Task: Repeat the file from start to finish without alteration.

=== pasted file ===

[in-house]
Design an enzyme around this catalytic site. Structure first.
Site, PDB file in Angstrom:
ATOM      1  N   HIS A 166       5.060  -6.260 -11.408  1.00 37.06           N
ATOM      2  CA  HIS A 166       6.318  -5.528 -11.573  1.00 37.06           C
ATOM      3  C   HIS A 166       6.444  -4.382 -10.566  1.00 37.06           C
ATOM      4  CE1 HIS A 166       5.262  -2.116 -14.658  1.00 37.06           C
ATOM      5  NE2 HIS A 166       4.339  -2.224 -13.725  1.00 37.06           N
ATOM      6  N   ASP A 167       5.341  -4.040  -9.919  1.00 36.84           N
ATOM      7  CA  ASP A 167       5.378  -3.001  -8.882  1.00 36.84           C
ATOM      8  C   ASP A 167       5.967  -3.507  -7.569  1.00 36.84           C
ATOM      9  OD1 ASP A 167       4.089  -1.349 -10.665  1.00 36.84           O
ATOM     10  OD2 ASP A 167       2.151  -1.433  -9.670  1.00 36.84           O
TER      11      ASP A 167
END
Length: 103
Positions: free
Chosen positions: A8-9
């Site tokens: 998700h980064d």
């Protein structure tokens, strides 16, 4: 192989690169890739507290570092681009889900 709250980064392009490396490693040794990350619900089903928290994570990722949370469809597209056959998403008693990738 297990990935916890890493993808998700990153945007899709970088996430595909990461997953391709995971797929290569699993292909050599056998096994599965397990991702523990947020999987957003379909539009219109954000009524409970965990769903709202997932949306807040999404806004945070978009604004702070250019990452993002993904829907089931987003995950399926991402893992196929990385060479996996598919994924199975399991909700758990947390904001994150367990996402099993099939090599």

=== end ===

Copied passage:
[in-house]
Design an enzyme around this catalytic site. Structure first.
Site, PDB file in Angstrom:
ATOM      1  N   HIS A 166       5.060  -6.260 -11.408  1.00 37.06           N
ATOM      2  CA  HIS A 166       6.318  -5.528 -11.573  1.00 37.06           C
ATOM      3  C   HIS A 166       6.444  -4.382 -10.566  1.00 37.06           C
ATOM      4  CE1 HIS A 166       5.262  -2.116 -14.658  1.00 37.06           C
ATOM      5  NE2 HIS A 166       4.339  -2.224 -13.725  1.00 37.06           N
ATOM      6  N   ASP A 167       5.341  -4.040  -9.919  1.00 36.84           N
ATOM      7  CA  ASP A 167       5.378  -3.001  -8.882  1.00 36.84           C
ATOM      8  C   ASP A 167       5.967  -3.507  -7.569  1.00 36.84           C
ATOM      9  OD1 ASP A 167       4.089  -1.349 -10.665  1.00 36.84           O
ATOM     10  OD2 ASP A 167       2.151  -1.433  -9.670  1.00 36.84           O
TER      11      ASP A 167
END
Length: 103
Positions: free
Chosen positions: A8-9
């Site tokens: 998700h980064d």
């Protein structure tokens, strides 16, 4: 192989690169890739507290570092681009889900 709250980064392009490396490693040794990350619900089903928290994570990722949370469809597209056959998403008693990738 297990990935916890890493993808998700990153945007899709970088996430595909990461997953391709995971797929290569699993292909050599056998096994599965397990991702523990947020999987957003379909539009219109954000009524409970965990769903709202997932949306807040999404806004945070978009604004702070250019990452993002993904829907089931987003995950399926991402893992196929990385060479996996598919994924199975399991909700758990947390904001994150367990996402099993099939090599």